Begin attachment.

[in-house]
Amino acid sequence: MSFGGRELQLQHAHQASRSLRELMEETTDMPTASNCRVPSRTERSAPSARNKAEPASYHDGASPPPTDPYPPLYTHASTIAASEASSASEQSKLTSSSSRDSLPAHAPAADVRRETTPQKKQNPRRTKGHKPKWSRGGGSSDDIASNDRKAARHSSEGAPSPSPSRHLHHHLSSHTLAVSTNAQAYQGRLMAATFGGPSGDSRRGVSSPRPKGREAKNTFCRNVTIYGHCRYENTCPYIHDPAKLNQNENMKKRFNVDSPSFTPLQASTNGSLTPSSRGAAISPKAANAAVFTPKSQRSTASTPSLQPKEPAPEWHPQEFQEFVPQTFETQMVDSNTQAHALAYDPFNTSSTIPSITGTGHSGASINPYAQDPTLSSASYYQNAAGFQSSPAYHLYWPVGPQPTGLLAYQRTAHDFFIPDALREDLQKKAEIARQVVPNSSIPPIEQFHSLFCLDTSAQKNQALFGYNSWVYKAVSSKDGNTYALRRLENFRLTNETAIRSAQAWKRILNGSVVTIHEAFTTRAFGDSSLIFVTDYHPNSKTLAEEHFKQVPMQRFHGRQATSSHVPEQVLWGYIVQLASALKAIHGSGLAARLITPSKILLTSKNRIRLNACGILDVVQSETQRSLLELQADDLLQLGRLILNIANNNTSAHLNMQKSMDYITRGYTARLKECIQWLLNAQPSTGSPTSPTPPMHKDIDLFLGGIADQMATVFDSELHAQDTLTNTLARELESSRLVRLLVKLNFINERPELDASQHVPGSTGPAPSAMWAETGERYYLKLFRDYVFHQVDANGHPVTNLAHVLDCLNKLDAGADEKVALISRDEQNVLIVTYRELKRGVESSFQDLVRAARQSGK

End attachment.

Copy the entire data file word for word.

[in-house]
Amino acid sequence: MSFGGRELQLQHAHQASRSLRELMEETTDMPTASNCRVPSRTERSAPSARNKAEPASYHDGASPPPTDPYPPLYTHASTIAASEASSASEQSKLTSSSSRDSLPAHAPAADVRRETTPQKKQNPRRTKGHKPKWSRGGGSSDDIASNDRKAARHSSEGAPSPSPSRHLHHHLSSHTLAVSTNAQAYQGRLMAATFGGPSGDSRRGVSSPRPKGREAKNTFCRNVTIYGHCRYENTCPYIHDPAKLNQNENMKKRFNVDSPSFTPLQASTNGSLTPSSRGAAISPKAANAAVFTPKSQRSTASTPSLQPKEPAPEWHPQEFQEFVPQTFETQMVDSNTQAHALAYDPFNTSSTIPSITGTGHSGASINPYAQDPTLSSASYYQNAAGFQSSPAYHLYWPVGPQPTGLLAYQRTAHDFFIPDALREDLQKKAEIARQVVPNSSIPPIEQFHSLFCLDTSAQKNQALFGYNSWVYKAVSSKDGNTYALRRLENFRLTNETAIRSAQAWKRILNGSVVTIHEAFTTRAFGDSSLIFVTDYHPNSKTLAEEHFKQVPMQRFHGRQATSSHVPEQVLWGYIVQLASALKAIHGSGLAARLITPSKILLTSKNRIRLNACGILDVVQSETQRSLLELQADDLLQLGRLILNIANNNTSAHLNMQKSMDYITRGYTARLKECIQWLLNAQPSTGSPTSPTPPMHKDIDLFLGGIADQMATVFDSELHAQDTLTNTLARELESSRLVRLLVKLNFINERPELDASQHVPGSTGPAPSAMWAETGERYYLKLFRDYVFHQVDANGHPVTNLAHVLDCLNKLDAGADEKVALISRDEQNVLIVTYRELKRGVESSFQDLVRAARQSGK